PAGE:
Cool! I just love it! Like anything else Tor touching (except Java itself, it's still not mine) :)

Thanks Tor!

PS: Tor, by the chance when you can implement remote file system for RoR plugin ( I think it will be beneficial not only for RoR).
At this moment I am using rsync replication (based on cygwin's ssh.exe and rsync.exe and shared public key) to update the scripts when I did the change. It would be nice to use this feature natively in the plugin itself, and update only file which has been changed.

Posted by Sergey Kuznetsov on April 07, 2008 at 01:48 AM PDT #

One more thing.
I miss support of HAML syntax!

:)

Posted by Sergey Kuznetsov on April 07, 2008 at 01:52 AM PDT #

Hi Autstin_web_developer and Casper,
sorry, our editor doesn't support soft word wrap yet; this is tracked in
http://www.netbeans.org/issues/show_bug.cgi?id=89894
and is planned for 7.0.

Hi Allen,
yes - there's a quickfix for trailing commas. If internet explorer is among your targeted browsers it will warn about this, offer one fix to remove it and another for more information, which takes you to this page:
http://wiki.netbeans.org/JavaScript_trailingcomma
As you can see I'm a bit light on details for this error so if you can help edit the page or provide better references that would be great.

Hi Sergey,
there's a team hard at work on PHP support for NetBeans and they've implemented some kind of remote file system (I think it might be ftp-based). I will be looking at how to leverage this in RoR as well once the 6.1+JavaOne sprint is over (e.g. in about a month). Also, I believe Dylan is working on HAML support, I've been talking to him about it recently. This is a build he posted quite a while ago:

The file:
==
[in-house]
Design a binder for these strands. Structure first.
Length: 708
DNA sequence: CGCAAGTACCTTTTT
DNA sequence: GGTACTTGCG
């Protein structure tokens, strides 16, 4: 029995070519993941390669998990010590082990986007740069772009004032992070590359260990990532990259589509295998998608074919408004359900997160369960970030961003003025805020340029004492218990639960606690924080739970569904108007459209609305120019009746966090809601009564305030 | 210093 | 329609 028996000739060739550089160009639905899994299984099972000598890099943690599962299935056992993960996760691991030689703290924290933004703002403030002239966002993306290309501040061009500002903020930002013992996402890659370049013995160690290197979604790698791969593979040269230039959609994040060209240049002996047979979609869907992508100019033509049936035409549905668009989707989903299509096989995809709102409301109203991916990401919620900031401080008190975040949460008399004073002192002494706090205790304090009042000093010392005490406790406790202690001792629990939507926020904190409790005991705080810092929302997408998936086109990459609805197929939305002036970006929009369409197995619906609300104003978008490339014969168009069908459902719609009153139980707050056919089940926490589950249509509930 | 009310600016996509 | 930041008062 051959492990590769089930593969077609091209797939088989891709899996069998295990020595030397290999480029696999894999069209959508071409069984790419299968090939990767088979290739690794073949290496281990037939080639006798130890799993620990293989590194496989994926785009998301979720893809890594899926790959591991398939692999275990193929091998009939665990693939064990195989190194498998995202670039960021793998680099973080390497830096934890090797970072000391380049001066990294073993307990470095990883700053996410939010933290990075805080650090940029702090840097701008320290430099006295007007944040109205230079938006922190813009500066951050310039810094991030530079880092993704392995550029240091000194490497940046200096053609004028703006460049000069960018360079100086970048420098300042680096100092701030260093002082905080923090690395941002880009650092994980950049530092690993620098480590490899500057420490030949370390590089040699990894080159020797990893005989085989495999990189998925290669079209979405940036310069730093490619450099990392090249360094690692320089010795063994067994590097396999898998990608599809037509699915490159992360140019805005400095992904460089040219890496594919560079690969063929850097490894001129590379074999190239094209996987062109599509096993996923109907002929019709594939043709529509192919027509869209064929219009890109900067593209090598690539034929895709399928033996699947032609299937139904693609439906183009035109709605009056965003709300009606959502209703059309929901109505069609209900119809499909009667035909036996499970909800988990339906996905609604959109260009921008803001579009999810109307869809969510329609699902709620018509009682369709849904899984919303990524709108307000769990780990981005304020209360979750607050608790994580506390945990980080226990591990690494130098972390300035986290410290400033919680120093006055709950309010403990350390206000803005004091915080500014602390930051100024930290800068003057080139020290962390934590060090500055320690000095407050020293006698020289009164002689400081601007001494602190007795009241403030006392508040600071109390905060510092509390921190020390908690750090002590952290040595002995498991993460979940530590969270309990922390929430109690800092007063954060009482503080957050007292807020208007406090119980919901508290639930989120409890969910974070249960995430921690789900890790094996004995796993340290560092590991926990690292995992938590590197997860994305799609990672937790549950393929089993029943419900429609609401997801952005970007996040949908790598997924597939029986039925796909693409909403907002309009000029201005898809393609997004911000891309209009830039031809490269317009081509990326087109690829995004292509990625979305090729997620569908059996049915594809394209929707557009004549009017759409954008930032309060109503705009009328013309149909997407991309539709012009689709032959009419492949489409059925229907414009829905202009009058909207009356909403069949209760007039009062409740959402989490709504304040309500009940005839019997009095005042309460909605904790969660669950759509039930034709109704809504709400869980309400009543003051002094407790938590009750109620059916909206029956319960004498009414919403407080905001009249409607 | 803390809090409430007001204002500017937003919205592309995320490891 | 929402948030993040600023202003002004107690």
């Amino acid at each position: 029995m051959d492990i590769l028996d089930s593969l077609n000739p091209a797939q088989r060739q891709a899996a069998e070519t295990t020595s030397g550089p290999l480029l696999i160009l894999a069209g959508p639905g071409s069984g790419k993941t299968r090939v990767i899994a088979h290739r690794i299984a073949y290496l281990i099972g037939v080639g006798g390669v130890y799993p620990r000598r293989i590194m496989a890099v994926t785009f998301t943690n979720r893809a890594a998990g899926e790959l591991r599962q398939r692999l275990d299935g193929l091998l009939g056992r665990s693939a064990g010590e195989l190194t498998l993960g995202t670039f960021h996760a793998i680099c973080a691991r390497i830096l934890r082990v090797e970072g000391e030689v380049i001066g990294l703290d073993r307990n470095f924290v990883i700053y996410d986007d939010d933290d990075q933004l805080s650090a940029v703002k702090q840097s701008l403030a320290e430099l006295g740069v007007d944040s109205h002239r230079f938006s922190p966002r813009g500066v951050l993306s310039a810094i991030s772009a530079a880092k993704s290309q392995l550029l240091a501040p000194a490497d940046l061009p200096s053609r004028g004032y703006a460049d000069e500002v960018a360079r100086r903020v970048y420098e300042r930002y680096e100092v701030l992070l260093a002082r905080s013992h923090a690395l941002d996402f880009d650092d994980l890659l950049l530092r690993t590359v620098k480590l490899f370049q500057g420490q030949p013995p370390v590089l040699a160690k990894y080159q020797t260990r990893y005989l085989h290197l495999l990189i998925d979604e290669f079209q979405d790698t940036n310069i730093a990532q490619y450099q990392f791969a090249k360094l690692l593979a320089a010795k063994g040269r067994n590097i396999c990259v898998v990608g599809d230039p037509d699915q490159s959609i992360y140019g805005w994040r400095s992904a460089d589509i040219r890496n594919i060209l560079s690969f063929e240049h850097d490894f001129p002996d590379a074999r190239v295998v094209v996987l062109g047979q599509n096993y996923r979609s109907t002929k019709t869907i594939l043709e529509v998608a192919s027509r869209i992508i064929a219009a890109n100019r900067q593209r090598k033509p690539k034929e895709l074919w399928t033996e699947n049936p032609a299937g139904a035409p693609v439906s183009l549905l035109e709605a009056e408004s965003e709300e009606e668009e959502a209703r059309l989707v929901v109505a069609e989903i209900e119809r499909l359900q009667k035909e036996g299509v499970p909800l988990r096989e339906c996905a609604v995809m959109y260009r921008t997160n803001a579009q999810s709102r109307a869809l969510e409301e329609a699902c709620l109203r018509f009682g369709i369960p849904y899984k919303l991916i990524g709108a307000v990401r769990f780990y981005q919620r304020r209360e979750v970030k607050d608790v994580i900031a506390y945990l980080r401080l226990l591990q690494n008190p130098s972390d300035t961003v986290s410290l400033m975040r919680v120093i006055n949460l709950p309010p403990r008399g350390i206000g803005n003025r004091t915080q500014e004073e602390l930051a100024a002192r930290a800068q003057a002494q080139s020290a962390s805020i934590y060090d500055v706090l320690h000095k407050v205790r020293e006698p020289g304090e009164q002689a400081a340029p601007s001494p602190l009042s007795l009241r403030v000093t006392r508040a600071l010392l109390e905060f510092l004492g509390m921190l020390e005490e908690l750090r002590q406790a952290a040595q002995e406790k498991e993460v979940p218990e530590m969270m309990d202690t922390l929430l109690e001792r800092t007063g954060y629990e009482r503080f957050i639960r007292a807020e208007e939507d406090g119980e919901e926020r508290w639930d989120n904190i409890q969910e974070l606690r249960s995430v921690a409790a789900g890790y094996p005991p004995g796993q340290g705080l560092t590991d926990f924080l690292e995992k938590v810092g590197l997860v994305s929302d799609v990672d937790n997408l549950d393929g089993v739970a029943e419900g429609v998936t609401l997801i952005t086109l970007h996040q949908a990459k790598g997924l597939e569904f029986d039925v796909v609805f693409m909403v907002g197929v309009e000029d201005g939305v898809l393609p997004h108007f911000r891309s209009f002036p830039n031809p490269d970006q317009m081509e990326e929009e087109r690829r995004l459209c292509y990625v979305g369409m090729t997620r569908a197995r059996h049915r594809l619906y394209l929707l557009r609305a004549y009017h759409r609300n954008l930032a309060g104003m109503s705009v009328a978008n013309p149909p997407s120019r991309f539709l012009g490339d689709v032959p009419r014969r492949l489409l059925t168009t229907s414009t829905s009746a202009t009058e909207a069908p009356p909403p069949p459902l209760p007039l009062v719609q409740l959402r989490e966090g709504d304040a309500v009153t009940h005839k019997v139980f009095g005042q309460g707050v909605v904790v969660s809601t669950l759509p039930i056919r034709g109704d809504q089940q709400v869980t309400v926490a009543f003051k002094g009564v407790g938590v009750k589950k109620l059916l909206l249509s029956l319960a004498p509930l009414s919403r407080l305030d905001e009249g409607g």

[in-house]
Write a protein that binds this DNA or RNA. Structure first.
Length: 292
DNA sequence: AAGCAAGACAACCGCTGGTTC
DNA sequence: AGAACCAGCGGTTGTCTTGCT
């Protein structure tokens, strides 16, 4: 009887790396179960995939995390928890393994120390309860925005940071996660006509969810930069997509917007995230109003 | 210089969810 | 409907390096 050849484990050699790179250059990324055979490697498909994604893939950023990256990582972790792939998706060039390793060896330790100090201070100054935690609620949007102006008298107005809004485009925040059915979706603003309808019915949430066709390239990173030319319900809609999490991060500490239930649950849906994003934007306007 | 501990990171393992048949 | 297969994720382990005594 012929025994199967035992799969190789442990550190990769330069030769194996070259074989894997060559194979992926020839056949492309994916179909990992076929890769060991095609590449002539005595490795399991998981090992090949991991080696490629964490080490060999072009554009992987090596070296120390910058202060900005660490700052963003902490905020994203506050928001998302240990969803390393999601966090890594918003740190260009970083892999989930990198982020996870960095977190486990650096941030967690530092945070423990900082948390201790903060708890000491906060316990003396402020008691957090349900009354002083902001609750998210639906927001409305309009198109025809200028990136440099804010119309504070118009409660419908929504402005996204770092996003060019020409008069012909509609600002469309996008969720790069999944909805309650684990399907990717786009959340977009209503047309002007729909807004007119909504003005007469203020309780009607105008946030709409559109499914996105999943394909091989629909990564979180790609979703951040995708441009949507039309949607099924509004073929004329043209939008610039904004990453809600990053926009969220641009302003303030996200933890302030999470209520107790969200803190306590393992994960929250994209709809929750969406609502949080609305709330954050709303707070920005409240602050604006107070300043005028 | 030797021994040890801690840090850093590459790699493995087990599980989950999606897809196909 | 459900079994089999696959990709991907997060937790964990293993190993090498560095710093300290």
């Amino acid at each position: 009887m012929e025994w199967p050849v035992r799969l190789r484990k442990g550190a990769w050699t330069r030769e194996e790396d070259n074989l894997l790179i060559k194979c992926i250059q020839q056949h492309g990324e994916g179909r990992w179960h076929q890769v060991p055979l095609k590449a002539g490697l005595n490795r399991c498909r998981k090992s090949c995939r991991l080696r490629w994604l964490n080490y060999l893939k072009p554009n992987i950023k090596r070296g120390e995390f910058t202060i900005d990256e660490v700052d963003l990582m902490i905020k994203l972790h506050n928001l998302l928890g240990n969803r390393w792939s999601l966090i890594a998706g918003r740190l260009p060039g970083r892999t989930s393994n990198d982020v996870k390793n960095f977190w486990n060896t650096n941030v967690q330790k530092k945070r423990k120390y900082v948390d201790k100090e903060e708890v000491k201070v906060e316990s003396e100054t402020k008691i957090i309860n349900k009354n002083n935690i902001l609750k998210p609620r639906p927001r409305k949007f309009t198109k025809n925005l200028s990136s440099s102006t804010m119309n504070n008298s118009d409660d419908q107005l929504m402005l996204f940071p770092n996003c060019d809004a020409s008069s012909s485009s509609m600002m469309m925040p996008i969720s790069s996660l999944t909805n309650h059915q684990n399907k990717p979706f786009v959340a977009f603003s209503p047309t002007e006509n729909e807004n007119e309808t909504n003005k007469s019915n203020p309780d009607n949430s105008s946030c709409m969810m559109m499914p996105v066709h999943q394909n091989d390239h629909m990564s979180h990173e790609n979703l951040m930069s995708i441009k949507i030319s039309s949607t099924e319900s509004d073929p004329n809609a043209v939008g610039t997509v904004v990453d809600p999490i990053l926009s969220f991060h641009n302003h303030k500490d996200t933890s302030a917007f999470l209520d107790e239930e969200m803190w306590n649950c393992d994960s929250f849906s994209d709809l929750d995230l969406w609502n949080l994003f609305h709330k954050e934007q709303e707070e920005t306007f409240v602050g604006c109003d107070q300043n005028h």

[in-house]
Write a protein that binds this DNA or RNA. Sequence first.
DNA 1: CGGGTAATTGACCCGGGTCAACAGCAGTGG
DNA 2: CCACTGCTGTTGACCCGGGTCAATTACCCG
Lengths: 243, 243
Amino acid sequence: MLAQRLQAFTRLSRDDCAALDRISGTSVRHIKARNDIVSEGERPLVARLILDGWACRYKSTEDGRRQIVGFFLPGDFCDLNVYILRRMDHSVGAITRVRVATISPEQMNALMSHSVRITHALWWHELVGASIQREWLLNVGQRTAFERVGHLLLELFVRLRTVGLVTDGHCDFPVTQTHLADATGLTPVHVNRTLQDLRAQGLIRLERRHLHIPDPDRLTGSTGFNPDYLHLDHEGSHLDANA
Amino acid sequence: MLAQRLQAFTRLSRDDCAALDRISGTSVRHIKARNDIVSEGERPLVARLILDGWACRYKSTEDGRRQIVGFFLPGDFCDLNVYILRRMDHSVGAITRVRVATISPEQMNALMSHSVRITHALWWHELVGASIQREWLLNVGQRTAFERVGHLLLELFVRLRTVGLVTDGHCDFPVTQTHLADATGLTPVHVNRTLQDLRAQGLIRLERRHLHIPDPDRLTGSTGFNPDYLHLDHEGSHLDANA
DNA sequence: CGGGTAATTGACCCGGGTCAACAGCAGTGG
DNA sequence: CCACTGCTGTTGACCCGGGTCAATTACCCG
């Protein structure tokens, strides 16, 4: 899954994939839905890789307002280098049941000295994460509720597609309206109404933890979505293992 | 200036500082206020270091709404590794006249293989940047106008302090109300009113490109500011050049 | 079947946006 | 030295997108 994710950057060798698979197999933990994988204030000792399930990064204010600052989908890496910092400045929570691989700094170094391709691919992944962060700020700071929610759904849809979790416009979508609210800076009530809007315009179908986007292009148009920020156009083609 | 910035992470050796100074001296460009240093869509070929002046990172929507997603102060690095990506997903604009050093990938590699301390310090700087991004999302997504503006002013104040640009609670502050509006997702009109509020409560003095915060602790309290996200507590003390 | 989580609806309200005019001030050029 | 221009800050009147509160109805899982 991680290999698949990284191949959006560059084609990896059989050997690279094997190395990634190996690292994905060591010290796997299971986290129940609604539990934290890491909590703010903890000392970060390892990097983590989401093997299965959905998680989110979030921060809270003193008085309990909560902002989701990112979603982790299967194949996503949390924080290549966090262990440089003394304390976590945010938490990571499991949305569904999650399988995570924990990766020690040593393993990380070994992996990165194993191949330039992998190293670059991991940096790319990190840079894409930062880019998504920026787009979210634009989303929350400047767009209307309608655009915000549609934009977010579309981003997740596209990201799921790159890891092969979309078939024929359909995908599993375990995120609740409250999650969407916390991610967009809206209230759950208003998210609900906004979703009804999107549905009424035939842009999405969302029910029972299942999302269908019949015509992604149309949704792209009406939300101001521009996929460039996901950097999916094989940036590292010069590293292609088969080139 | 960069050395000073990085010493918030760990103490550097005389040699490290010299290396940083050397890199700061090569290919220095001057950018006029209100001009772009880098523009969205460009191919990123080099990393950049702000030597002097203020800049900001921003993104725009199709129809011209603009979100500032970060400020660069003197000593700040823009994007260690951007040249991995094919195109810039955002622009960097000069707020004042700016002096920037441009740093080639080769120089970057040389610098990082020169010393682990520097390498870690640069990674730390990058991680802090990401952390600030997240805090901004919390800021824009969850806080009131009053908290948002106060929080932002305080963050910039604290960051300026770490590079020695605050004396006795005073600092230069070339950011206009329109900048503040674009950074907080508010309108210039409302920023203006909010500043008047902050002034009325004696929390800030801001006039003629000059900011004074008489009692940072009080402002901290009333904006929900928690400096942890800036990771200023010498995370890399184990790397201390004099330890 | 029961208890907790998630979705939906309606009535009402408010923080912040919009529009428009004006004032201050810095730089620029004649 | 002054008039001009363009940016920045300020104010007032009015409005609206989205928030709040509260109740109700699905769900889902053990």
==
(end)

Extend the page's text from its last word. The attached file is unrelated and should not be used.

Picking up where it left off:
http://mediacast.sun.com/users/~tor/media/org-netbeans-modules-haml.nbm/details
I'm not sure where the current bits are.

Posted by Tor Norbye on April 07, 2008 at 02:03 AM PDT #

I miss support of Merb in NetBeans. I hope it's planned too ;)

Posted by | on April 07, 2008 at 06:20 AM PDT #

Seems that Merb is getting more and more attention. I've filed:

http://www.netbeans.org/nonav/issues/show_bug.cgi?id=132265

You might CC yourself there to watch the progress.

Posted by Martin Krauskopf on April 07, 2008 at 08:21 AM PDT #

Tor great work. Are there any plans to augment Swing Builder so that it can generate Ruby instead of Java? That would be killer!

Posted by Mike on April 07, 2008 at 11:51 AM PDT #

Martin Krauskopf: Good news! Thanks :)

Posted by | on April 07, 2008 at 04:03 PM PDT #

Re Printing Problem

This bug has been around from before the start of March. It is listed as issue 128846 in the bug list. Nobody seems to be doing anything about it.

I'd be interested to know if any other readers can get their system to print.

Posted by Robin McKay on April 07, 2008 at 05:04 PM PDT #

Hi Robin,
issue 128846 can't be fixed in NetBeans; it's a JDK bug which affects all applications - Eclipse too. There's more information here:
https://bugs.launchpad.net/ubuntu/+source/sun-java6/+bug/156191
It lists a workaround which apparently works for a lot of people:

"You can have it work by specifying the Orientation in every printers in Cups
System -> Printing
For each printer select Job Options tab and specify Orientation to whatever else instead of "Automatic Rotation"."

The associated JDK bug is in the "in progress" state.

Posted by Tor Norbye on April 07, 2008 at 11:03 PM PDT #

Thanks Tor, I'll try that.

As far as I can see Netbeans is owned by Sun who also develop the JDK. So I do think the problem should have been fixed long before now.

Maybe you can pass my comment on to wherever it might have a positive effect.

These are hard maths problems ...

Posted by Robin McKay on April 08, 2008 at 03:27 AM PDT #

Hi Robin,
your first comment was "New features seem less relevant than this very basic requirement???" - so I wanted to explain that printing on Linux isn't broken or not fixed at the expense of new NetBeans features. Though Sun funds development for both NetBeans and the JDK, individual engineers like myself typically cannot work on all these codebases - developing a JDK native Linux printer driver requires quite a different skillset than NetBeans tool development :)

Rest assured the JDK group definitely have this bug on their radar.

Posted by Tor Norbye on April 08, 2008 at 05:45 AM PDT #

Good day, Tor! This question is definitely not for you, but may be you know this - is there in netbeans subversion a way to see the diff not only between HEAD and local versions, but also between any revisions? That would be very useful!!